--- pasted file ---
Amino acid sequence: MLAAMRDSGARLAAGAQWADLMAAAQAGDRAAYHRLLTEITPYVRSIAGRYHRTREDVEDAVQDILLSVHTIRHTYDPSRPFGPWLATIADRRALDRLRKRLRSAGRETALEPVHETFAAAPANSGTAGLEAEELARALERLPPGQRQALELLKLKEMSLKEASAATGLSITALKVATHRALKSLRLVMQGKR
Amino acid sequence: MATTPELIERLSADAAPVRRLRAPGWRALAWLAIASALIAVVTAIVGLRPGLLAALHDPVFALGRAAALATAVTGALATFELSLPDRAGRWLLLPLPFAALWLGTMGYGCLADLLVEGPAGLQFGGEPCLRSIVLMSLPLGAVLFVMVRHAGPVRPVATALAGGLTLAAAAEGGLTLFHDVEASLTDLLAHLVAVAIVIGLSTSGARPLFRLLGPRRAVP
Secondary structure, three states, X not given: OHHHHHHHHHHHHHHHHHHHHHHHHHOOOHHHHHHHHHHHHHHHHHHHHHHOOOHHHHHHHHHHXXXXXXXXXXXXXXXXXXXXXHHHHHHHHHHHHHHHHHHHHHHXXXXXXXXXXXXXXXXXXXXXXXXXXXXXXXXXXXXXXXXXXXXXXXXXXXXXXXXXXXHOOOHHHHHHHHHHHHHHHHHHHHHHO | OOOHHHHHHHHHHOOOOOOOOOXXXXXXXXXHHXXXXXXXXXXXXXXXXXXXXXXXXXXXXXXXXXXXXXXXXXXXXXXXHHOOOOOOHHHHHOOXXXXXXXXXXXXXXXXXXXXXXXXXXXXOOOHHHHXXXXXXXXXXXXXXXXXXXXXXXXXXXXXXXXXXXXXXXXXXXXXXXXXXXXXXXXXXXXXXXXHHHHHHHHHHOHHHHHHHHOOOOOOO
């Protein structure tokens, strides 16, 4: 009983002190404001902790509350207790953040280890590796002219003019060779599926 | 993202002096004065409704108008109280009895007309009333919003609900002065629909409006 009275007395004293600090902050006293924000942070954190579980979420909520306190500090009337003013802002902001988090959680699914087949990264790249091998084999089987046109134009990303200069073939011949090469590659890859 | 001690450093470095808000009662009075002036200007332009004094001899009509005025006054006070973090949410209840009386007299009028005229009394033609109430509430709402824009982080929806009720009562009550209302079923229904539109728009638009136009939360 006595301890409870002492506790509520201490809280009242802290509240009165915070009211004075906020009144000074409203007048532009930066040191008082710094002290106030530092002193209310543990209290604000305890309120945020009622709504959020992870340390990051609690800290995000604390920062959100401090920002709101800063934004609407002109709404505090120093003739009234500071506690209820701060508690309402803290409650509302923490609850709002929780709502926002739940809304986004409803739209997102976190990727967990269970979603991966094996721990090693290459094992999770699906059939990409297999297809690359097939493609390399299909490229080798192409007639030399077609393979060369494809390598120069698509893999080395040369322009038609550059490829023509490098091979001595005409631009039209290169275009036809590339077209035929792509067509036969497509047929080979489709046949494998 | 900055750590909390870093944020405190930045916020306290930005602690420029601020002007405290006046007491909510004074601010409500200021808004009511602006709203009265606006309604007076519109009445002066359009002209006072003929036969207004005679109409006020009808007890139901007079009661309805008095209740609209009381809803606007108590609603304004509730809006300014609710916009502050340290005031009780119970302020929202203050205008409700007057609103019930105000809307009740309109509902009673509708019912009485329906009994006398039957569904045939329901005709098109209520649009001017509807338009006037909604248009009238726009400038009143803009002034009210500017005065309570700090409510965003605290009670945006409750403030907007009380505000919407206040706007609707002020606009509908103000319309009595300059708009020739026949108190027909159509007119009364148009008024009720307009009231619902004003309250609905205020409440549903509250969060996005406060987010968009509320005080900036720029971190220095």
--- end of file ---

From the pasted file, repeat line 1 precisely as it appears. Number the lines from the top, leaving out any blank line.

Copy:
Amino acid sequence: MLAAMRDSGARLAAGAQWADLMAAAQAGDRAAYHRLLTEITPYVRSIAGRYHRTREDVEDAVQDILLSVHTIRHTYDPSRPFGPWLATIADRRALDRLRKRLRSAGRETALEPVHETFAAAPANSGTAGLEAEELARALERLPPGQRQALELLKLKEMSLKEASAATGLSITALKVATHRALKSLRLVMQGKR